Aisle Seat: Have a daddy day with these films

Jason Armstrong picks his own six pack of good choices to pop in the DVD for dad on this Father’s Day.

  • Jun. 19, 2011 6:00 p.m.
Steve Martin and Kimberly Williams-Paisley play father and daughter in 1991’s Father of the Bride.

Steve Martin and Kimberly Williams-Paisley play father and daughter in 1991’s Father of the Bride.

When you compile any kind of “best of” list with films, the choices are usually a pretty clear cut process: a chainsaw-wielding, monster in hockey mask chasing a teen?  Halloween list. Festive folk decking the halls?  Christmas list.

But best movies for Father’s Day? Not so easy. Unlike other themes, it usually comes down to the characters and their paternal warmth… or, perhaps, lack thereof.

Here then is my own six pack of good choices to pop in the DVD for dad on this Father’s Day:

–– Father Of The Bride (1991)

I know, I know… the 1950 original featured Spencer Tracy, Elizabeth Taylor and was a fine film. But the roller coaster of emotions that Steve Martin goes through in the wonderful re-boot, from the stress of draining his wallet for his daughter’s chaotic nuptials, to that final, painful moment when he has to give his little girl away, well, let’s just say,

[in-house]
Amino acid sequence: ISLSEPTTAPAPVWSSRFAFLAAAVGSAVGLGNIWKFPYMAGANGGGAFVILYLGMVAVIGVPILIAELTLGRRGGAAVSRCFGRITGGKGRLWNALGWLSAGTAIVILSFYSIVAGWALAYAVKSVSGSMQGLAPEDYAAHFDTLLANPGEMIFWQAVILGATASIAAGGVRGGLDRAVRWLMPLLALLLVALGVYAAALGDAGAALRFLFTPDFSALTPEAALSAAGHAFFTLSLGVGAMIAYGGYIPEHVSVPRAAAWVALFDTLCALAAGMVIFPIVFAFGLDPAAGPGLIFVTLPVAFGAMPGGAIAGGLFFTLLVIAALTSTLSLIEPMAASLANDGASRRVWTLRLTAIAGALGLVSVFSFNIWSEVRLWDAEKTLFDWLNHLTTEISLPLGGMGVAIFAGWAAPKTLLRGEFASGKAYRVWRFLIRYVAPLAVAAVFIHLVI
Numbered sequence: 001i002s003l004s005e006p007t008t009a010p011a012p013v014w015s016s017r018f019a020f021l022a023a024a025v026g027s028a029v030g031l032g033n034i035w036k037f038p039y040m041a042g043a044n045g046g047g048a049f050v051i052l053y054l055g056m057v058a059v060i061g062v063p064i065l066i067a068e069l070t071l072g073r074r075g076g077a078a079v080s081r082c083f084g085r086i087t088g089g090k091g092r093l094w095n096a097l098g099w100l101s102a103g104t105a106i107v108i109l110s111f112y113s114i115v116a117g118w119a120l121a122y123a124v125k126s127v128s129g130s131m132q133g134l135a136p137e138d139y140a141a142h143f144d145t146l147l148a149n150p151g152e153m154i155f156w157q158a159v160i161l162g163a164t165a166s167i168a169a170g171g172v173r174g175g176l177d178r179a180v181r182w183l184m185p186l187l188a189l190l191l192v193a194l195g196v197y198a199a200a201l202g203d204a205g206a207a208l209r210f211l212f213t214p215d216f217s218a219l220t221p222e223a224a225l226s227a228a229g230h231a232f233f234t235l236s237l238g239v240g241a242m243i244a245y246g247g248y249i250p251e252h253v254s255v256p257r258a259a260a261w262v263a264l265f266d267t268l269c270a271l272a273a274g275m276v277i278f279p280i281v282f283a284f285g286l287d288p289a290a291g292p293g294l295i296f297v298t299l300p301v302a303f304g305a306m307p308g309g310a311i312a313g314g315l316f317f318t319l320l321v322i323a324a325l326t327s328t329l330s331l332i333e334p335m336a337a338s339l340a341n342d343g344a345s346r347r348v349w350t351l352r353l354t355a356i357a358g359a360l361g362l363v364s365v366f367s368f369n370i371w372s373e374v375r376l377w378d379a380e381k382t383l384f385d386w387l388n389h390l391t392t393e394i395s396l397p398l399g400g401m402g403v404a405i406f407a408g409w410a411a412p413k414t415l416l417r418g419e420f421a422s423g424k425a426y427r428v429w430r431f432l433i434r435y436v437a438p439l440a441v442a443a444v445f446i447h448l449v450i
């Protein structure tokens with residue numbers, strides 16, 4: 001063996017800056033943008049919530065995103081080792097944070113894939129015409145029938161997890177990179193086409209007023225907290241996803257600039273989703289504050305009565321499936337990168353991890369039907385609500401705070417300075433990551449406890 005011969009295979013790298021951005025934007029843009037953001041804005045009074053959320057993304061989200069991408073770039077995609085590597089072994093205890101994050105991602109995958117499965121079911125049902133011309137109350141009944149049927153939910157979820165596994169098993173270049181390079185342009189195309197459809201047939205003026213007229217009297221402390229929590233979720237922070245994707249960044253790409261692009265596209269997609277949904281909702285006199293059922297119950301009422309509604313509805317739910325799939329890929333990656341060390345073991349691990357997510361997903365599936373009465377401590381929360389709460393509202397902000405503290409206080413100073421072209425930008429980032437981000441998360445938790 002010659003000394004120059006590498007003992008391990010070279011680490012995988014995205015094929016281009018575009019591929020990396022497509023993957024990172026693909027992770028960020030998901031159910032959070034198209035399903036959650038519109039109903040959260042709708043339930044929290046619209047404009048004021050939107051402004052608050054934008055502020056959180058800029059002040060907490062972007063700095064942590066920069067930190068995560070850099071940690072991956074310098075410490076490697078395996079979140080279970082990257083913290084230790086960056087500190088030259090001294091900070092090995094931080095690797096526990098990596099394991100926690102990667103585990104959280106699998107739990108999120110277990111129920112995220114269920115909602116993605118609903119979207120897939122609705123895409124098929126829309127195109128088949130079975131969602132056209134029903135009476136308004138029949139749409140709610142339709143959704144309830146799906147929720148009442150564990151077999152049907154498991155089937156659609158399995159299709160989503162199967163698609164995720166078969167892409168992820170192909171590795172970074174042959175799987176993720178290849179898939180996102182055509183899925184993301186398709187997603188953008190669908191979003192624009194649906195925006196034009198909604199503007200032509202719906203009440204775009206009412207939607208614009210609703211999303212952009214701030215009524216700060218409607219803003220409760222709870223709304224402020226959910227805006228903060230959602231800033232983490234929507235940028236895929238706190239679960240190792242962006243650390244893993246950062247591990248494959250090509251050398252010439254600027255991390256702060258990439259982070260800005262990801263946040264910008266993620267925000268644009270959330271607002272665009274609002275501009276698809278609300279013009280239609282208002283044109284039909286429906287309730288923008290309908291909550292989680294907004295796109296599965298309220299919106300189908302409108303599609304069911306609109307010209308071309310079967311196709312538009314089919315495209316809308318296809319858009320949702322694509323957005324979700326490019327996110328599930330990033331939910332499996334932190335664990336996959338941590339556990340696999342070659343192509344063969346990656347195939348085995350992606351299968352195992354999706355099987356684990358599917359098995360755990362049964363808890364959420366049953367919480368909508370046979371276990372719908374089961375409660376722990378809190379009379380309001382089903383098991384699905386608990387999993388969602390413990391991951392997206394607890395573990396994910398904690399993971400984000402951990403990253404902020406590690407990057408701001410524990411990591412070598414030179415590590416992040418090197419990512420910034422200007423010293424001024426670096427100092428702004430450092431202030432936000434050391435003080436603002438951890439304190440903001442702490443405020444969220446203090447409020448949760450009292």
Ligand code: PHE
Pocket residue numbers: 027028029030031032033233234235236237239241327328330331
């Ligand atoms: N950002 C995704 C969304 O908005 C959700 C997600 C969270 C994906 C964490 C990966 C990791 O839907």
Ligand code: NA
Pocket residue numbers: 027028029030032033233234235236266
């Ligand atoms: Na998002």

I haven’t seen this picture since welcoming my own daughter into the world, and for fear of sniffles n’ tears, I’m not sure I want to.

–– Mr. Mom (1983)

Before he became Batman, Michael Keaton starred as a man who gets fired from his job and becomes a stay-at-home pop while his wife goes to work.

Remarkably, the picture still holds up – and guys, isn’t it comforting to know that you’re not the only dude at war with the washing machine and vacuum cleaner?

–– Field Of Dreams (1989)

“Hey Dad; Wanna have a catch?” ‘Nuff said.

–– To Kill A Mockingbird (1962)

I add this classic to the list if only because Gregory Peck’s Atticus Finch is a father we can ALL aspire to be.

–– On Golden Pond (1981)

It ain’t exactly sunshine and rainbows for Henry Fonda and real-life daughter Jane Fonda in this Oscar winning drama, and maybe that’s why it’s a tale that continues to resonate with each passing generation; it’s honest.

It shows that, even though parents and kids climb over one hurdle after another, love CAN survive.

–– The Lion King (1994)

Inspired by Shakespeare but with an XXL heart all its own, this animated gem provided a pretty good lesson for little ones; go against what Dad says, trouble happens.

Thank you, Disney.

–– Jason Armstrong is The Morning Star’s film reviewer. Hs column, Aisle Seat, appears every Friday and Sunday.